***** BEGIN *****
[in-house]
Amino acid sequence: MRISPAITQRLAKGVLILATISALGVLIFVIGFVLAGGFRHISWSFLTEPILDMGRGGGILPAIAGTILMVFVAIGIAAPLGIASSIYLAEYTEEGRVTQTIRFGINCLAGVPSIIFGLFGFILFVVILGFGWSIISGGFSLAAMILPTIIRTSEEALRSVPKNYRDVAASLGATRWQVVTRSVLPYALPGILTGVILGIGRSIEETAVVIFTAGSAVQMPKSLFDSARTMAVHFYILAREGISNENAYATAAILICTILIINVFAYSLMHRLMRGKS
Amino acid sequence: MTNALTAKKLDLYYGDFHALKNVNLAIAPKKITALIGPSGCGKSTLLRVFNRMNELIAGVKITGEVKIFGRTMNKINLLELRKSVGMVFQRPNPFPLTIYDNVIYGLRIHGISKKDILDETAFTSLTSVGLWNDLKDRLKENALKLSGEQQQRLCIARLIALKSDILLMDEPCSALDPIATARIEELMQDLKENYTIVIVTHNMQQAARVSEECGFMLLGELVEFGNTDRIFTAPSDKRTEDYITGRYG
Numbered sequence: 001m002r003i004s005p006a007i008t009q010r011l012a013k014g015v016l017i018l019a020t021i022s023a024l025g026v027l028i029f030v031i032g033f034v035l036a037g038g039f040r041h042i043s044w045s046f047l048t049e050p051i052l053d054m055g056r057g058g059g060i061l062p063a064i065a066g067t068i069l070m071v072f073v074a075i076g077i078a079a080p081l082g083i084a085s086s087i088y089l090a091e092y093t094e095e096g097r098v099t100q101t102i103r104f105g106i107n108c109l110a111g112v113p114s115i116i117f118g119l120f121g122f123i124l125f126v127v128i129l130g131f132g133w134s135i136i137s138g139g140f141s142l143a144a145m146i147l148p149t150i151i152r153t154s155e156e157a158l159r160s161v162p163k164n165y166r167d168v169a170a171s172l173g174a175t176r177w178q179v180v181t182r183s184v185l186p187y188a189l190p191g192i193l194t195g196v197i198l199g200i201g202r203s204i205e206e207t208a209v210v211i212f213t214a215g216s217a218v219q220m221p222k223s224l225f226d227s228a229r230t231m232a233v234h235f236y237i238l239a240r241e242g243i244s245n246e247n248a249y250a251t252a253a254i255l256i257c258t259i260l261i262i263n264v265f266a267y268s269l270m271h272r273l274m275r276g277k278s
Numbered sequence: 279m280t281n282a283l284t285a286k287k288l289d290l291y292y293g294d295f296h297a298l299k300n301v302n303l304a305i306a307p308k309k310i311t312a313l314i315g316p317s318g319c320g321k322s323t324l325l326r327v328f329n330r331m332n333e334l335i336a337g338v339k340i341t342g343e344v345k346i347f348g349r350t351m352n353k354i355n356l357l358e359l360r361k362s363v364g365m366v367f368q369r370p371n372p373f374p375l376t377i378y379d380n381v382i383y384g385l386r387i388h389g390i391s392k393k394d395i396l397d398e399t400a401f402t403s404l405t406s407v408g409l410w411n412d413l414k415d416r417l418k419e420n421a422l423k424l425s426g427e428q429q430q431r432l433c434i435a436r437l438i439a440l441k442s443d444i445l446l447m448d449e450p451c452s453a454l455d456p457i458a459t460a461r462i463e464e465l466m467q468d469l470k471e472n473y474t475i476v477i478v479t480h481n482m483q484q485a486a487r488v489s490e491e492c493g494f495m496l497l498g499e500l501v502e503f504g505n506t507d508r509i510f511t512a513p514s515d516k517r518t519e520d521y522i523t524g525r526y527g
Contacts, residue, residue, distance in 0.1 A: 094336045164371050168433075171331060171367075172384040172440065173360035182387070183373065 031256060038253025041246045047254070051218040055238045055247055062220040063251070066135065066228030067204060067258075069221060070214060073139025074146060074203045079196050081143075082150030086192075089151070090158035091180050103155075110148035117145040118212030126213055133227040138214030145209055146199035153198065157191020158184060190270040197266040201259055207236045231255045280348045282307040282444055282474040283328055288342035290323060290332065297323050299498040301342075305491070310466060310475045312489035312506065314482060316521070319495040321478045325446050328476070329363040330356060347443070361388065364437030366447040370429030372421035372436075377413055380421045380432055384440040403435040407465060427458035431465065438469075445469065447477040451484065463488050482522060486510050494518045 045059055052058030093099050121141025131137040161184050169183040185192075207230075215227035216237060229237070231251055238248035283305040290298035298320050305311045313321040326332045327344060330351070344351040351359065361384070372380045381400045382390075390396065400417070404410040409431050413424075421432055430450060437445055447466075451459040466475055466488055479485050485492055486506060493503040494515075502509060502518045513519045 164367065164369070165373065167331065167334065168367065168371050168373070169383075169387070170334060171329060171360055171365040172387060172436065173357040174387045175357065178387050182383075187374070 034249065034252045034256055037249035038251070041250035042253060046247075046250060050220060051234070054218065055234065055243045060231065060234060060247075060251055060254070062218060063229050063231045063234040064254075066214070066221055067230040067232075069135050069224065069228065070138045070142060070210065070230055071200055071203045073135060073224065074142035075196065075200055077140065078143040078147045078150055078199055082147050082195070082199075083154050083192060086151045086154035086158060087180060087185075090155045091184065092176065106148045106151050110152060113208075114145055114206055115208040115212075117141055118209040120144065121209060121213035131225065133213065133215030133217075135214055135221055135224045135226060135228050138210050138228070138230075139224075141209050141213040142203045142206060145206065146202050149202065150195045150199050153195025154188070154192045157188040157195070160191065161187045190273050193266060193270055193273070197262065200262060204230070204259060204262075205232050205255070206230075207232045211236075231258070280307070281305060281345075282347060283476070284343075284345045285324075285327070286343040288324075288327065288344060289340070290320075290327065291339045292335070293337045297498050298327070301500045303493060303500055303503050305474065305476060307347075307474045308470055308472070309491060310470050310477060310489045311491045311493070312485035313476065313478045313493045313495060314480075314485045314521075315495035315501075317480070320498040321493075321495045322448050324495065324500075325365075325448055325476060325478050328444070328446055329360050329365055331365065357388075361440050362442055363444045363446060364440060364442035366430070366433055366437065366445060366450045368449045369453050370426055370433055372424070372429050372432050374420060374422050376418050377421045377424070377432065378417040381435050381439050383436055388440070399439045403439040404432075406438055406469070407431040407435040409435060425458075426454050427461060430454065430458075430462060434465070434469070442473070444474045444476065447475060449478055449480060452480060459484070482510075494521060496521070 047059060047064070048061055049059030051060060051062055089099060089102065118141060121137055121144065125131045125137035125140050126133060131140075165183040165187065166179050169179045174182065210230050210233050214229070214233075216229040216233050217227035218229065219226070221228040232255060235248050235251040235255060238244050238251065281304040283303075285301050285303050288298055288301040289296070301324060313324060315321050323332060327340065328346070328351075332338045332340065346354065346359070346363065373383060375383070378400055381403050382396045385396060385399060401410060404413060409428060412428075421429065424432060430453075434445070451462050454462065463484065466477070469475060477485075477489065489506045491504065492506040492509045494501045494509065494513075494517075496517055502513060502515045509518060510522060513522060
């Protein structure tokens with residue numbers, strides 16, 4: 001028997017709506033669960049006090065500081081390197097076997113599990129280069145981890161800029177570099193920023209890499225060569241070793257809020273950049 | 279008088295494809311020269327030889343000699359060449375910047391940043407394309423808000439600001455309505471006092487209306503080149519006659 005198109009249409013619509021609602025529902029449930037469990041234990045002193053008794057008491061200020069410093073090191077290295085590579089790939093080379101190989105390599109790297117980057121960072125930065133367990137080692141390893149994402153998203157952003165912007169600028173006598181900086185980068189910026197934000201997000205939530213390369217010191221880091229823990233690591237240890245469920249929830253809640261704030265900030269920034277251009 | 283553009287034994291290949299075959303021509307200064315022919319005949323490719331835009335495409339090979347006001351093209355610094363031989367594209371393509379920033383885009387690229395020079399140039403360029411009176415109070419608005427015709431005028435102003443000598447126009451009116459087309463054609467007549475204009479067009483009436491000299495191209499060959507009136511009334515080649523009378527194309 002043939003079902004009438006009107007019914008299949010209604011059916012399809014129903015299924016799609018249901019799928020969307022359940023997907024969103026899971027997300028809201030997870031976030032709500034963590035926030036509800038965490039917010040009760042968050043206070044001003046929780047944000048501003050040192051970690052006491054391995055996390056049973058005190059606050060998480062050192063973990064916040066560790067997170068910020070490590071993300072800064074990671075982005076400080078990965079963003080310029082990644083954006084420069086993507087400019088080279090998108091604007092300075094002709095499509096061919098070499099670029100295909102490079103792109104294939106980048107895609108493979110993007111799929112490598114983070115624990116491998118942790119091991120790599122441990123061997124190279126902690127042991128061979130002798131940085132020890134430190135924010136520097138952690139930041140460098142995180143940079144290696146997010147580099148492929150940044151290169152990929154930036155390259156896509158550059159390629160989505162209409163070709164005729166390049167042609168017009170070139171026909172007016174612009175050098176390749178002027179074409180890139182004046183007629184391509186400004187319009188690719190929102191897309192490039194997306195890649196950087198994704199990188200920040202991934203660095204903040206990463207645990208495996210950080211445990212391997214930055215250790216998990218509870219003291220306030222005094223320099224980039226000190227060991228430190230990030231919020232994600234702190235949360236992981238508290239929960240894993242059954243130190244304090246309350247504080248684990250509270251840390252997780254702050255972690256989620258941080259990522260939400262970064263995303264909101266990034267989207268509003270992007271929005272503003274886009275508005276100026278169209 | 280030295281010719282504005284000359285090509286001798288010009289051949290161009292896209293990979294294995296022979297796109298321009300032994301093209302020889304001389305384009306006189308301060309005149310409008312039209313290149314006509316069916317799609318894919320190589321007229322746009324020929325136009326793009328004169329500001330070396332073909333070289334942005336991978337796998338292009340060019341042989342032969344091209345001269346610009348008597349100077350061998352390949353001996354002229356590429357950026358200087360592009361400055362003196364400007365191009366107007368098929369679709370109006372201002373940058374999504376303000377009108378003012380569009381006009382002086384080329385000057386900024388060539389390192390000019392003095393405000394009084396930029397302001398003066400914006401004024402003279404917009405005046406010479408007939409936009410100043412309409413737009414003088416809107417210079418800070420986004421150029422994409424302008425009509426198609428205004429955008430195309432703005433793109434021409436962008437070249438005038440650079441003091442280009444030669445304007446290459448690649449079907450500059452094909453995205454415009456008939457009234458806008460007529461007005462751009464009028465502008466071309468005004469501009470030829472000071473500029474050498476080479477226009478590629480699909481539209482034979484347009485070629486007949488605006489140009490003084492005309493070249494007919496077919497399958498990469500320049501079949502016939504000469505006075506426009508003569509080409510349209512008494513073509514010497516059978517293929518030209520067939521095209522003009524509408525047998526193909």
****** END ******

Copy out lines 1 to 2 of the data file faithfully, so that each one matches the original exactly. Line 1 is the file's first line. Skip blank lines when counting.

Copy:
[in-house]
Amino acid sequence: MRISPAITQRLAKGVLILATISALGVLIFVIGFVLAGGFRHISWSFLTEPILDMGRGGGILPAIAGTILMVFVAIGIAAPLGIASSIYLAEYTEEGRVTQTIRFGINCLAGVPSIIFGLFGFILFVVILGFGWSIISGGFSLAAMILPTIIRTSEEALRSVPKNYRDVAASLGATRWQVVTRSVLPYALPGILTGVILGIGRSIEETAVVIFTAGSAVQMPKSLFDSARTMAVHFYILAREGISNENAYATAAILICTILIINVFAYSLMHRLMRGKS